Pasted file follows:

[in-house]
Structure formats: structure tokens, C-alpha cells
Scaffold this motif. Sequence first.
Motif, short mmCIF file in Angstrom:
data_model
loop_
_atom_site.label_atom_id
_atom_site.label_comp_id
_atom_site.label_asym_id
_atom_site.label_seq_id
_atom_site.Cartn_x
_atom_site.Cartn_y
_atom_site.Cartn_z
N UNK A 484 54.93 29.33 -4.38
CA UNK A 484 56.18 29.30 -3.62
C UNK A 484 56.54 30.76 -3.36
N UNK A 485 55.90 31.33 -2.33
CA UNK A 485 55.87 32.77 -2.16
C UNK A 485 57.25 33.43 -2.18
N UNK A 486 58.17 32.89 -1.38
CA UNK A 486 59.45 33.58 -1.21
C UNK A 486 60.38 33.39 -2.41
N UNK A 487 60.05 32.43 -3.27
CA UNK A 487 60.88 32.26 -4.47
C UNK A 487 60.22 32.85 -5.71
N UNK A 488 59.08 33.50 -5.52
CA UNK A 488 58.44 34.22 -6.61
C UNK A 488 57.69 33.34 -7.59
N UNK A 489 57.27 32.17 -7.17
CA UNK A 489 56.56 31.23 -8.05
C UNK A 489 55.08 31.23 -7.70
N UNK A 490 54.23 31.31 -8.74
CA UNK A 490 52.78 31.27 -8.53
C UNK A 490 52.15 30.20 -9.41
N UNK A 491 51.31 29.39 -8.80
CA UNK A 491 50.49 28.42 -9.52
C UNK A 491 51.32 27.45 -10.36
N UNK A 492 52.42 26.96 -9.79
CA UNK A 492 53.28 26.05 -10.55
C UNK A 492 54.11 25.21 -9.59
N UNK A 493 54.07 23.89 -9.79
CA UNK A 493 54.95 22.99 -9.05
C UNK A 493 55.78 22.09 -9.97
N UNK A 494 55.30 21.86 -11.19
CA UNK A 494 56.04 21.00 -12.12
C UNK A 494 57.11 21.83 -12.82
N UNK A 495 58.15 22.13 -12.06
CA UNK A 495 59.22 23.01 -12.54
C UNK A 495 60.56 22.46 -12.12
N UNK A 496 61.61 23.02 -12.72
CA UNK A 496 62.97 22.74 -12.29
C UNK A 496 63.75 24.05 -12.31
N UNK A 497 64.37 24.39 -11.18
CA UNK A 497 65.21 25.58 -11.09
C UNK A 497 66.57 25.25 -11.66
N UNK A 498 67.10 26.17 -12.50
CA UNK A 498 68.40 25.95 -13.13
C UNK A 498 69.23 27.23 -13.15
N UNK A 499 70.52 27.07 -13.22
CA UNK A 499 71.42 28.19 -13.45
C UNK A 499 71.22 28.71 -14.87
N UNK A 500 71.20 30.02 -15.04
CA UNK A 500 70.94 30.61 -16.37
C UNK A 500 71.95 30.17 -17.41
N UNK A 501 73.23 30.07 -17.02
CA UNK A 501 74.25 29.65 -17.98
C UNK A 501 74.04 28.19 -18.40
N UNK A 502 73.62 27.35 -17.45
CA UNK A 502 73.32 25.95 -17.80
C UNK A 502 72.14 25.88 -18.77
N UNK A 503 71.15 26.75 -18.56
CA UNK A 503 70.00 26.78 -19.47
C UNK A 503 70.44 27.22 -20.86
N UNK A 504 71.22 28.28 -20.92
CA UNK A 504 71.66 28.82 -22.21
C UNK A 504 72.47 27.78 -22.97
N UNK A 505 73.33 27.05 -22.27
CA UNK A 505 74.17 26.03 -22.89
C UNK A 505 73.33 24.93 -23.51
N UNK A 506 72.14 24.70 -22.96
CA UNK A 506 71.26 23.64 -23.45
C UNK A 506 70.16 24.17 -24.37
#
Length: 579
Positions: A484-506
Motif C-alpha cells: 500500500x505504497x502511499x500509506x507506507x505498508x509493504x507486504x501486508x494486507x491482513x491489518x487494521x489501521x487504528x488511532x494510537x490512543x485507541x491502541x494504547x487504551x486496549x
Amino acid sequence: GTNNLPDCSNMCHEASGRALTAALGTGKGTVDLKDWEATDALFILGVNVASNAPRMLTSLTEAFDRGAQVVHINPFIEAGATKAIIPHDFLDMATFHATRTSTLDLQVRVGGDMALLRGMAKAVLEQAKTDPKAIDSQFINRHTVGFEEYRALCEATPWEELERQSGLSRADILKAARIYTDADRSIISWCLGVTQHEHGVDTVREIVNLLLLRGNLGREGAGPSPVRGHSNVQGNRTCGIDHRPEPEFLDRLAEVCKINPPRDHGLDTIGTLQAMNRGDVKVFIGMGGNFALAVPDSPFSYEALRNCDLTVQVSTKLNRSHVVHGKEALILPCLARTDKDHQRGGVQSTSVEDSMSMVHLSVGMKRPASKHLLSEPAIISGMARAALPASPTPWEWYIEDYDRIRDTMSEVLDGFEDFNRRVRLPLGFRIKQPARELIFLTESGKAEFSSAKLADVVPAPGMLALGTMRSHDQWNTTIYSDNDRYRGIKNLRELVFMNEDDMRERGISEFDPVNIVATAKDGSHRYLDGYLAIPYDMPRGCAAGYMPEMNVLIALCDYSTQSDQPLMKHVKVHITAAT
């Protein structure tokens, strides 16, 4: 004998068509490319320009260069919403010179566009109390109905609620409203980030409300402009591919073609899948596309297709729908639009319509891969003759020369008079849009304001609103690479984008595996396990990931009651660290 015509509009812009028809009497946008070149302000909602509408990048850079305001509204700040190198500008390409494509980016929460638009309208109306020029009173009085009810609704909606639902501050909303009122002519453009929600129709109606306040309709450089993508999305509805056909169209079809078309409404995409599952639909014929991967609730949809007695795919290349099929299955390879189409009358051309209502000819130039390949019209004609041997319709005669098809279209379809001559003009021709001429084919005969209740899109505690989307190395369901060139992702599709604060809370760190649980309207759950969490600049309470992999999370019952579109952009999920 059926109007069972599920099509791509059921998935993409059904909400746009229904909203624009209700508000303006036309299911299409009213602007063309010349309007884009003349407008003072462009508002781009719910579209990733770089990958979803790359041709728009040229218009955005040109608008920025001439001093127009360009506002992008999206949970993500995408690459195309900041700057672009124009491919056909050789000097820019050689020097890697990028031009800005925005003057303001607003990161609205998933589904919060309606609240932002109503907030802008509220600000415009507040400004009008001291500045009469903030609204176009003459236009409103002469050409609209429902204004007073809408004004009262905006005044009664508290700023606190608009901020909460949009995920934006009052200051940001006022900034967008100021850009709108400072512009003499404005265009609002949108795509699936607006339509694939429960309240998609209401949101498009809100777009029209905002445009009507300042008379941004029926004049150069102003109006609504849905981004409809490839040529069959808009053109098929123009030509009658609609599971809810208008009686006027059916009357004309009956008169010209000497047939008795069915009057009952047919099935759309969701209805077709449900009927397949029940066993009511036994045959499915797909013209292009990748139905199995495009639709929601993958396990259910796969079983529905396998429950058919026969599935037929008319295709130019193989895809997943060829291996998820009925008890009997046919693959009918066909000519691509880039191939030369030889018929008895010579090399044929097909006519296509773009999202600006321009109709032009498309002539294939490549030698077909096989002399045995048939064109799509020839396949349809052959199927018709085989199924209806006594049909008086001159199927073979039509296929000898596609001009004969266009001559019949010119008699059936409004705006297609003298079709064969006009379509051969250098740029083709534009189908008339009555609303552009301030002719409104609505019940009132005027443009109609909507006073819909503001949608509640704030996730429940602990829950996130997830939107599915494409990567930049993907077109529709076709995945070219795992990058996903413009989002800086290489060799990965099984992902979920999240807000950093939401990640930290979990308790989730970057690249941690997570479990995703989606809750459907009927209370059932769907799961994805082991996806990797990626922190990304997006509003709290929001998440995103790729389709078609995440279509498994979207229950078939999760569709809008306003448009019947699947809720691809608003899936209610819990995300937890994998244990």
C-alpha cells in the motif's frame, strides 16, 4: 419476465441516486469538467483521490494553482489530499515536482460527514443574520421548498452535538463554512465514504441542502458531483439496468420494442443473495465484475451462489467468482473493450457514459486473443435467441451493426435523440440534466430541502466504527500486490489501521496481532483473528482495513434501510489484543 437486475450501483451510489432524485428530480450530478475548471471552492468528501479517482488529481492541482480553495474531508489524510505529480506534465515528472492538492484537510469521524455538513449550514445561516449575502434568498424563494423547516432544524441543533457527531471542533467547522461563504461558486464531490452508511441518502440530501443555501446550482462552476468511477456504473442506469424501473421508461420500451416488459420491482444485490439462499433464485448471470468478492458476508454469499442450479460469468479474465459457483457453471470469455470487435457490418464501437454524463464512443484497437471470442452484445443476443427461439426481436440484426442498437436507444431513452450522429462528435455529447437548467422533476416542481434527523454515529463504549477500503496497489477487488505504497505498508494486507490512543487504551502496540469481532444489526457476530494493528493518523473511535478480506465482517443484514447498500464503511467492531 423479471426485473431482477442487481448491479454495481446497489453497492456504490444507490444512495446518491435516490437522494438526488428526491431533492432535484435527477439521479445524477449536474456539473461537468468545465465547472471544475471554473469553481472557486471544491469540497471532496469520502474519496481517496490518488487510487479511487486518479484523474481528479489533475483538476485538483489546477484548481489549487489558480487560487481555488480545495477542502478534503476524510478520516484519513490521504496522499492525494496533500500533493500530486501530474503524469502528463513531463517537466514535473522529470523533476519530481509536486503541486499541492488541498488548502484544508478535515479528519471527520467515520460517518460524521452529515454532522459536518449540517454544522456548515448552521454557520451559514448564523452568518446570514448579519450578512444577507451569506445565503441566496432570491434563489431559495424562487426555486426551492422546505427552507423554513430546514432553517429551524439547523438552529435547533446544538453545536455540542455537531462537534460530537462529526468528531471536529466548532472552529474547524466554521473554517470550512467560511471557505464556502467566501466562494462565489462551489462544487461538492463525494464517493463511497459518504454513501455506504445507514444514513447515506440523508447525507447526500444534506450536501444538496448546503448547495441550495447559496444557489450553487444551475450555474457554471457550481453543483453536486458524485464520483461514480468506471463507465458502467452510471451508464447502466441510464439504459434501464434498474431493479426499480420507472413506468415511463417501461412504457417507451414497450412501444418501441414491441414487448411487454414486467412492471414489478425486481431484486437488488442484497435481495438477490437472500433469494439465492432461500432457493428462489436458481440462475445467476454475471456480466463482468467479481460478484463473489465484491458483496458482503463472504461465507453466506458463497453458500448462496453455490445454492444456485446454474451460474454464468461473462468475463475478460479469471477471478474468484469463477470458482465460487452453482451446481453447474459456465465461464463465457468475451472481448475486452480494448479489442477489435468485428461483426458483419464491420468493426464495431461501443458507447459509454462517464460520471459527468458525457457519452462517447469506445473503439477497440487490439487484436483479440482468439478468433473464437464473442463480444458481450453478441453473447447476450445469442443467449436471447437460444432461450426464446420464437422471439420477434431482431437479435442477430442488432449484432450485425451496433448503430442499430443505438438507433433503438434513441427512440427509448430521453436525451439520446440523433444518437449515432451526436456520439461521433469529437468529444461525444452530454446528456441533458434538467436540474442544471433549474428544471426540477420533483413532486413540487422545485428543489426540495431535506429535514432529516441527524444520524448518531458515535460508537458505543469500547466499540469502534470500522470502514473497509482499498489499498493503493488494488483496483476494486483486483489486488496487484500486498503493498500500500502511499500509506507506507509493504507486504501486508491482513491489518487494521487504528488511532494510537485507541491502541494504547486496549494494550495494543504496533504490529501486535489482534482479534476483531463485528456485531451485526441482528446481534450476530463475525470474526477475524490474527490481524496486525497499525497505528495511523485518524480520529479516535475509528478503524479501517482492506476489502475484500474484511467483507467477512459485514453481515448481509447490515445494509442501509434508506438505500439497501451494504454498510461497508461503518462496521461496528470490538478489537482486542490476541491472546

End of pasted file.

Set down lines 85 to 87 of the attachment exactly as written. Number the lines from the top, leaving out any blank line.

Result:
Positions: A484-506
Motif C-alpha cells: 500500500x505504497x502511499x500509506x507506507x505498508x509493504x507486504x501486508x494486507x491482513x491489518x487494521x489501521x487504528x488511532x494510537x490512543x485507541x491502541x494504547x487504551x486496549x
Amino acid sequence: GTNNLPDCSNMCHEASGRALTAALGTGKGTVDLKDWEATDALFILGVNVASNAPRMLTSLTEAFDRGAQVVHINPFIEAGATKAIIPHDFLDMATFHATRTSTLDLQVRVGGDMALLRGMAKAVLEQAKTDPKAIDSQFINRHTVGFEEYRALCEATPWEELERQSGLSRADILKAARIYTDADRSIISWCLGVTQHEHGVDTVREIVNLLLLRGNLGREGAGPSPVRGHSNVQGNRTCGIDHRPEPEFLDRLAEVCKINPPRDHGLDTIGTLQAMNRGDVKVFIGMGGNFALAVPDSPFSYEALRNCDLTVQVSTKLNRSHVVHGKEALILPCLARTDKDHQRGGVQSTSVEDSMSMVHLSVGMKRPASKHLLSEPAIISGMARAALPASPTPWEWYIEDYDRIRDTMSEVLDGFEDFNRRVRLPLGFRIKQPARELIFLTESGKAEFSSAKLADVVPAPGMLALGTMRSHDQWNTTIYSDNDRYRGIKNLRELVFMNEDDMRERGISEFDPVNIVATAKDGSHRYLDGYLAIPYDMPRGCAAGYMPEMNVLIALCDYSTQSDQPLMKHVKVHITAAT